Jind (Haryana): If the family feud of the Chautalas was not enough, the Congress' decision to field Randeep Singh Surjewala has generated even more interest in the Jind bypoll.
The choice of Congress communications in-charge and Kaithal legislator Surjewala has not only magnified a by-election in a state that will go to polls nine months later, but also made it an indicator of political sentiment months ahead of Lok Sabha elections.
Besides Surjewala, others in the fray are newly formed Jananayak Janata Party (JJP)’s Digvijay Chautala, BJP candidate Krishan Midha, the son of former Jind MLA Hari Chand Midha whose death necessitated the bypoll, INLD’s Umedh Singh Redhu and Vinod Ashri, the candidate from BJP rebel Raj Kumar Saini's new political outfit Loktantra Suraksha Party.
Hitting the campaign trail, Surejwala not only feels Jind is in Congress' kitty, but is also confident that the Manohar Lal Khattar-led BJP government is on its way out. That is why, he says, the party chose him for the task.
"The government is run by complete novices who have destroyed the entire societal fabric and decimated infrastructure in the state. There is zero development, massive unemployment and total dissatisfaction among the people," he tells News18.com.
"The Congress decided that this by-election will pave the way for the fall of the Khattar government. It will crumble under its own weight within 90 days of the Congress winning the bypoll. And this election, the historical land of Jind will also become a stepping stone for the formation of the next Congress government."
The Congress leader even tells his audience at his campaign speeches in Jind to focus on the larger picture. "This election is not about electing a vidhayak (MLA). Through this bypoll, you have to decide if you want a new leadership or not," he said at a public meet on Thursday.
Surjewala has focussed his campaign on development. He tells the crowd that Jind has been maligned by the stamp of backwardness for years and he promises to bring urbanity to the city.
"Development seems to have given a complete pass to the city and district of Jind. For me, that is the important paradigm. We need to lay down new foundations of the city, for Jind has become an urban village," he says. He stressed on the need for a ring road around Jind and an overhaul of the city's sewerage system.
Rival parties have accused Surjewala of being an outsider to Jind who does not care about the city and is more concerned with the matters of Delhi. But Surjewala is no stranger to these parts. He won 1996 and 2005 Assembly elections from Narwana in Jind district by defeating INLD patriarch Om Prakash Chautala.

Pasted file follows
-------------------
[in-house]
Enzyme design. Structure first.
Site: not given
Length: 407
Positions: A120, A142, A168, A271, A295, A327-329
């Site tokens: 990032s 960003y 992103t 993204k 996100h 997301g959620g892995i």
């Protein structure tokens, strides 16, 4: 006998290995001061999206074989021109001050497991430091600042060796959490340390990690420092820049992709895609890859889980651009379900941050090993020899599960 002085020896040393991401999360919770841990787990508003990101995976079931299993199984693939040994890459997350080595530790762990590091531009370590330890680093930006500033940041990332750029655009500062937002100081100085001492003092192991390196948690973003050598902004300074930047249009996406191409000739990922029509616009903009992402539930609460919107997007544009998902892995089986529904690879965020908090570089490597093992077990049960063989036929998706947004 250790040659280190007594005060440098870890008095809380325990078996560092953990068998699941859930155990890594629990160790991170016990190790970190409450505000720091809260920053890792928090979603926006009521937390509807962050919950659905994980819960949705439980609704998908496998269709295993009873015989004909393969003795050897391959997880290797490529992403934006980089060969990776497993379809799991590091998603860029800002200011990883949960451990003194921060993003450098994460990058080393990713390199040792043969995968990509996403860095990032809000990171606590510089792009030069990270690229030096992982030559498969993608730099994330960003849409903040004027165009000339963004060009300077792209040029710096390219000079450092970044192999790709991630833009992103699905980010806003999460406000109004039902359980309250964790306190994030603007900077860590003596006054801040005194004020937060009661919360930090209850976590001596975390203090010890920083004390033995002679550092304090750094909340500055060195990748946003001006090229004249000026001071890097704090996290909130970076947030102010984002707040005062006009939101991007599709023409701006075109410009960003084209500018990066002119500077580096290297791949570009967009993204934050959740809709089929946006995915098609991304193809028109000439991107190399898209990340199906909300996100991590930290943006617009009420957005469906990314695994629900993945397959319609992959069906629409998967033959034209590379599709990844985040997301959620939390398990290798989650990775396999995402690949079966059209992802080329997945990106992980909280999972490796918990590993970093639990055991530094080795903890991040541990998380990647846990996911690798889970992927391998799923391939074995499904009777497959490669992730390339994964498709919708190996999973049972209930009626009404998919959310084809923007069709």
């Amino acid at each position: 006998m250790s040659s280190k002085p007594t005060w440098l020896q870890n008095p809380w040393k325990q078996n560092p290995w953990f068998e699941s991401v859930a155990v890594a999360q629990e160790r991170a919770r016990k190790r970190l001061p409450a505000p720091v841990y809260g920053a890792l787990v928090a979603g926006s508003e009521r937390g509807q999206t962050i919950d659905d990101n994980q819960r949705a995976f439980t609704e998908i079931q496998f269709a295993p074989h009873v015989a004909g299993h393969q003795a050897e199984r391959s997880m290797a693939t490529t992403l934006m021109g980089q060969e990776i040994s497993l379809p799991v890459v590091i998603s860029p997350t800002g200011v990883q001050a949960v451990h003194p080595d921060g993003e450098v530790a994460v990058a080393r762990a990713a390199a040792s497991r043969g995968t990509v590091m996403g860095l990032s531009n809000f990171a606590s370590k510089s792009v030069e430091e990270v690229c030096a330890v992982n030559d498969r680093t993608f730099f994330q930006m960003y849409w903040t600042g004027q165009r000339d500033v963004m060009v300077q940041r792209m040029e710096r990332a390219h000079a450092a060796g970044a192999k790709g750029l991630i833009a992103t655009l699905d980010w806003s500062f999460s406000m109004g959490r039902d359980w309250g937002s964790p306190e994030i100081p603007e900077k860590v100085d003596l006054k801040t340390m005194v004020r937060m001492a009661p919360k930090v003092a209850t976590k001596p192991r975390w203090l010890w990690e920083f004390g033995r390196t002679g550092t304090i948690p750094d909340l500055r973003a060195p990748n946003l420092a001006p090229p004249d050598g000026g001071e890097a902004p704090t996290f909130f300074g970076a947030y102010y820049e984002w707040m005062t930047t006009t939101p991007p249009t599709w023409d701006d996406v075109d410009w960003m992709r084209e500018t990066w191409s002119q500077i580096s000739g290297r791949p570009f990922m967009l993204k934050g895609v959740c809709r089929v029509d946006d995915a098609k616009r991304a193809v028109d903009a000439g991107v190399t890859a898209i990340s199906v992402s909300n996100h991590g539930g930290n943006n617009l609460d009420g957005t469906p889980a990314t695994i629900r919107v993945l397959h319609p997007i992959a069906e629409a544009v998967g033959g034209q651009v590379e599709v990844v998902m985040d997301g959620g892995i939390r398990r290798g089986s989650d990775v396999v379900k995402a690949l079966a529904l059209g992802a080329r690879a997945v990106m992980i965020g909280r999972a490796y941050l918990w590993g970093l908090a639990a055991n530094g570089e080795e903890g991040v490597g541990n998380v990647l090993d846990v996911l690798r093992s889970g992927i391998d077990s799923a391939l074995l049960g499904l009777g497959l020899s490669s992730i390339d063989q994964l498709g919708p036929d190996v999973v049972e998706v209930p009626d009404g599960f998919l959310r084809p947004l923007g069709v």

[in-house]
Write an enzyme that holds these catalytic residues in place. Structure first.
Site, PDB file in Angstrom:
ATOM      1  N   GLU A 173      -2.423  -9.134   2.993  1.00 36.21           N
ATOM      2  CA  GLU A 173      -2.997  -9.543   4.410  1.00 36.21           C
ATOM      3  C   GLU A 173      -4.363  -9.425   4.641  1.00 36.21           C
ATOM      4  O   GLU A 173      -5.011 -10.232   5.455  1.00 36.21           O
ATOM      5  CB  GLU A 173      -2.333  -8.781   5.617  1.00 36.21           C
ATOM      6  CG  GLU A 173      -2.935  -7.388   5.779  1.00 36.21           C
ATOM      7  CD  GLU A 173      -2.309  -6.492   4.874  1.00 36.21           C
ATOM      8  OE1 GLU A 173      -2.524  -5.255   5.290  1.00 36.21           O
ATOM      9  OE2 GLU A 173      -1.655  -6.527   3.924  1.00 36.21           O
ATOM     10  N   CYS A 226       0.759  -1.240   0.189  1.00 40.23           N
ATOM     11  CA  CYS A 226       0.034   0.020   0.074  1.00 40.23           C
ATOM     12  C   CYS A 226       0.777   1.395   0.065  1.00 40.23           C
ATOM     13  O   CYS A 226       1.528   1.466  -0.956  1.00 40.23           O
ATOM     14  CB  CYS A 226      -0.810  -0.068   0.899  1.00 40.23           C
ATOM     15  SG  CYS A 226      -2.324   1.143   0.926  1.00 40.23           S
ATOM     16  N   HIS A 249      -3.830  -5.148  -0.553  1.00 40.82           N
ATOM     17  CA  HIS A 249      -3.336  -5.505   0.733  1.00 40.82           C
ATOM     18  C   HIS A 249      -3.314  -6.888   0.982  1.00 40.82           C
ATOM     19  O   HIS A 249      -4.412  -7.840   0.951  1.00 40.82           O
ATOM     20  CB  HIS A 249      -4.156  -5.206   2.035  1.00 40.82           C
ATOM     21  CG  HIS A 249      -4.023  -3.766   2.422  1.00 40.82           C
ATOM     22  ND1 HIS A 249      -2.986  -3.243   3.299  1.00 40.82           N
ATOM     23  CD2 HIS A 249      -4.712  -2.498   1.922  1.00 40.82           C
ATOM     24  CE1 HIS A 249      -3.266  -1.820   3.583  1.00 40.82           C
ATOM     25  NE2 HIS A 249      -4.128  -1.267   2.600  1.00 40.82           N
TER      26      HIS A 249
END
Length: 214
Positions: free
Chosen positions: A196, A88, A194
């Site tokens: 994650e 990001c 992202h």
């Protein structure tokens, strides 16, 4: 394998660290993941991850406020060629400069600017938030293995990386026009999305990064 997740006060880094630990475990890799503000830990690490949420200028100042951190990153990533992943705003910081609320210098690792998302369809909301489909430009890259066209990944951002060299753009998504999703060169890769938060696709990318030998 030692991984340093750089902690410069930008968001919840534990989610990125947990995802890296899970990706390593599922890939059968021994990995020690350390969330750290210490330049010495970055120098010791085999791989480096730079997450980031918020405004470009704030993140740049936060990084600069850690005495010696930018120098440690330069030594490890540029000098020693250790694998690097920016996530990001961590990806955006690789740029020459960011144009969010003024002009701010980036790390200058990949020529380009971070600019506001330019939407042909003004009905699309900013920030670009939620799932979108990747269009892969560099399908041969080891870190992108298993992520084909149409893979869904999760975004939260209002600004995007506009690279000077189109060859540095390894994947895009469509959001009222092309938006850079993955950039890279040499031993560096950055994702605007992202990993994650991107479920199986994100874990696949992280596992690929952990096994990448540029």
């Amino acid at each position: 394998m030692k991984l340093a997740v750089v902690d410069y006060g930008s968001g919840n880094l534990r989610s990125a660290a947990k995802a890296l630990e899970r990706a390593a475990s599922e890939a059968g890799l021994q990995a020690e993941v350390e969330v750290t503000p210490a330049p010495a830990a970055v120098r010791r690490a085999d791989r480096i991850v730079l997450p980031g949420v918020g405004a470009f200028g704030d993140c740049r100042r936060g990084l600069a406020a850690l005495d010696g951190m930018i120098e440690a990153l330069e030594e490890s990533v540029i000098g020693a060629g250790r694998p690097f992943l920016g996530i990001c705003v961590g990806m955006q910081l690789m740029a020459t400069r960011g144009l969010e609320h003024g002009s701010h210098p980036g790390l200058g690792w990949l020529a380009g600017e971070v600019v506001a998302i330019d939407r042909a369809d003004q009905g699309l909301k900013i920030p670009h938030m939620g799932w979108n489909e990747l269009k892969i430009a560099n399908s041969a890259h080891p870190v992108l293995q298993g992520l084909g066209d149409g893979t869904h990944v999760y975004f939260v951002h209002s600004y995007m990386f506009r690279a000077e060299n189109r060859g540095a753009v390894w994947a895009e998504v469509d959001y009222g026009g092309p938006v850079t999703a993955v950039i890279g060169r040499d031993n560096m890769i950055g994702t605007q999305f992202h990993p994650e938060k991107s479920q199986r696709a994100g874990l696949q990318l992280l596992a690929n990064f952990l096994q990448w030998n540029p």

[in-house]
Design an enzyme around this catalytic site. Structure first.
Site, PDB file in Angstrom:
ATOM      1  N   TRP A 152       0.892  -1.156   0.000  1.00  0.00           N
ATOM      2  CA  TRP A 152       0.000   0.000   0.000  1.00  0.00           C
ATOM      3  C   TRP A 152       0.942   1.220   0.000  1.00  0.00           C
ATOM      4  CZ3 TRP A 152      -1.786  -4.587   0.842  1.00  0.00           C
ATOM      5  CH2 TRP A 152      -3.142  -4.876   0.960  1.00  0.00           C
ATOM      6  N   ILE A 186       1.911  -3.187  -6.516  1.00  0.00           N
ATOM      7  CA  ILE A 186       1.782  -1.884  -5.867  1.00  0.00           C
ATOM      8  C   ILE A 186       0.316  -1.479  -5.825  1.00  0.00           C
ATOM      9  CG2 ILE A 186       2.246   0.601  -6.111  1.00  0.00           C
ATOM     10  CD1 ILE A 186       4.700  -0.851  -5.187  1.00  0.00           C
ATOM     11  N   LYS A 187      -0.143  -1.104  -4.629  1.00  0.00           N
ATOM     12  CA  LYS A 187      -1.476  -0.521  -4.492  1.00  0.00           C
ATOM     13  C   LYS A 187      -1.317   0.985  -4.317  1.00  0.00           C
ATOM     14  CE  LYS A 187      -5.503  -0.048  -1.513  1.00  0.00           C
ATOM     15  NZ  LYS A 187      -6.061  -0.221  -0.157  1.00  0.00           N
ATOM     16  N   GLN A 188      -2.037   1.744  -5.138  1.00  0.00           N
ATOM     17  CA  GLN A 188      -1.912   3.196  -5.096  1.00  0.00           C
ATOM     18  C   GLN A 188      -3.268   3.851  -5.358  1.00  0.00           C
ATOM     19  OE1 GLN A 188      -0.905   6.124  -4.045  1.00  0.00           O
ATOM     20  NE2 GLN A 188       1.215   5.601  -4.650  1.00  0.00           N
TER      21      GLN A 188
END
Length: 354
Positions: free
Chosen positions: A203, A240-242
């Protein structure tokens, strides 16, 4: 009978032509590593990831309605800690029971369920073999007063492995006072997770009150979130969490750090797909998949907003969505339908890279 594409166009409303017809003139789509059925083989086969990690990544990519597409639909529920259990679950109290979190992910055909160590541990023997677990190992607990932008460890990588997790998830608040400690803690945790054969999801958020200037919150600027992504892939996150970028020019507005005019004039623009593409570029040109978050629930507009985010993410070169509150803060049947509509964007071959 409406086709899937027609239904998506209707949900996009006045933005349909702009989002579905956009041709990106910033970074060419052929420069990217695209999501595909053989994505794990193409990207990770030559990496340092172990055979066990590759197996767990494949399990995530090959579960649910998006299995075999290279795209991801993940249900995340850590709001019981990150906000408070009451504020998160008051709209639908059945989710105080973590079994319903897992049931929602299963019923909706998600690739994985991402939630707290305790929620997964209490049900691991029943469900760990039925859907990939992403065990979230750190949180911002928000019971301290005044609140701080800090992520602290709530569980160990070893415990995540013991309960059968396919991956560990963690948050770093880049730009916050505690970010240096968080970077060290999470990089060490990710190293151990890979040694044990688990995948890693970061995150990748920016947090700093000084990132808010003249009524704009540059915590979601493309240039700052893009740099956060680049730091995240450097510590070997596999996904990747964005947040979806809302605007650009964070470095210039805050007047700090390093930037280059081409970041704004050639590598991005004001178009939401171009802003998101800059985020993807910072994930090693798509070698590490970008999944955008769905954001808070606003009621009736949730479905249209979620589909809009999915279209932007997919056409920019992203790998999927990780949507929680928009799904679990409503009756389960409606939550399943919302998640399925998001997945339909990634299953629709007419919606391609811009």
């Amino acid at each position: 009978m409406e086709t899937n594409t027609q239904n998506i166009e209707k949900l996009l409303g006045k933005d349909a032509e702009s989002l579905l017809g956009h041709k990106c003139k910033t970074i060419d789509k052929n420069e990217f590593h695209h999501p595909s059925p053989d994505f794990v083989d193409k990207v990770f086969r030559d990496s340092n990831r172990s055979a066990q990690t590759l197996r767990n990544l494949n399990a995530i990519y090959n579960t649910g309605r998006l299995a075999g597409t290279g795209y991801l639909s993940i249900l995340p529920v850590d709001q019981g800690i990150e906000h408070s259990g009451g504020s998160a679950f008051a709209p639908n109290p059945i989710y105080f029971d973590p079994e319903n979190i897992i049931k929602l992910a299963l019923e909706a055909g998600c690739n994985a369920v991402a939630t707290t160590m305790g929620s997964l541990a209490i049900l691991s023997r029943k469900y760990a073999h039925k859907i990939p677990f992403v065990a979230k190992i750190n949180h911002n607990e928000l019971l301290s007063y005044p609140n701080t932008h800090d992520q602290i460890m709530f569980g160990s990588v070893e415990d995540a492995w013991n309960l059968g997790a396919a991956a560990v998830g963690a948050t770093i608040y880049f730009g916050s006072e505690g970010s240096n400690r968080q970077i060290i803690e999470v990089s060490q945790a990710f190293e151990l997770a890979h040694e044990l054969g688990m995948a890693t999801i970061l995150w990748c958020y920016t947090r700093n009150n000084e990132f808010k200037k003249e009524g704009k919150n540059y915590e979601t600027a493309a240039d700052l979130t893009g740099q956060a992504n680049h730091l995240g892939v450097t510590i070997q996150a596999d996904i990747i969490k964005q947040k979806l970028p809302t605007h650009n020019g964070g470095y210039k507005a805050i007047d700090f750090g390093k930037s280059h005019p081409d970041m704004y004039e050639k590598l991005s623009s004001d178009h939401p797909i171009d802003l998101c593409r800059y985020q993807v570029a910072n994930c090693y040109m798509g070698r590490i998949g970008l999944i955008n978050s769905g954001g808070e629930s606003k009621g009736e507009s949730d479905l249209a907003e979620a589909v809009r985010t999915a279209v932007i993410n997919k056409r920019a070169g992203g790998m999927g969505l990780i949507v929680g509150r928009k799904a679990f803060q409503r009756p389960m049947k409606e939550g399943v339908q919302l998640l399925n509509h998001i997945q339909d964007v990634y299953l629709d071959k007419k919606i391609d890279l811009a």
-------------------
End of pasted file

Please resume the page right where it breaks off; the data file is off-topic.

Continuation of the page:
This bypoll, however, is a different affair for the Congress leader.
"Each election comes with its own challenges. The challenge here is to fulfil the aspiration of the people of Jind. Jind has suffered on account of complete apathy of Khattar government in the last four years and of the Chautala clan led by Mr Om Prakash Chautala and Ajay Singh Chautala, father of the current candidate."
Surjewala clubs together the JJP and the INLD. Ajay Chautala and his sons Dushyant and Digvijay were expelled from the INLD in November last year before they floated their own JJP and decided to field Digvijay in Jind bypoll.
The youngest Chautala is banking on the popularity and public appeal of his elder brother Dushyant, who is an MP from Hisar. He is quick to maintain that JJP is different from INLD; that the new party has a cleaner, softer image. But Surjewala calls both the JJP and the INLD 'B teams of the BJP’. His message is clear: do not trust the Chautalas.
In another interesting turn of events, Aam Aadmi Party has thrown its weight behind JJP's Digivijay, calling it an alignment of ideology. There are also rumours of AAP and Congress joining hands in Delhi for the upcoming general elections. But Surjewala dismissed the idea of an alliance with AAP. "Kejriwal is a co-conspirator with Chautala clan and has zero base here. People will not pardon him for his conduct," he said.
The battle with JJP's Digvijay for the bypoll is also along the lines of caste. Both Surjewala and Digvijay are prominent Jat leaders. Out of a total 1.7 lakh voters in Jind, around 50,000 belong to the Jat community. Redhu, the candidate for INLD, is also a Jat and has received vocal support from Kandila Khap, which comprises around 28 villages. And Redhu community is the main Jat community in Kandela village, which is the head of the Khap. Hence the Jat vote, Jind locals believe, is set to split three ways.
But Surjewala claimed that the people of Jind were completely disillusioned with Khattar regime and tired of the caste and religious divide that the government had created. "People are fed up of politics of revenge and hate that has come to represent BJP in the state and Centre. They are ready for a change and the message of change will come from Jind."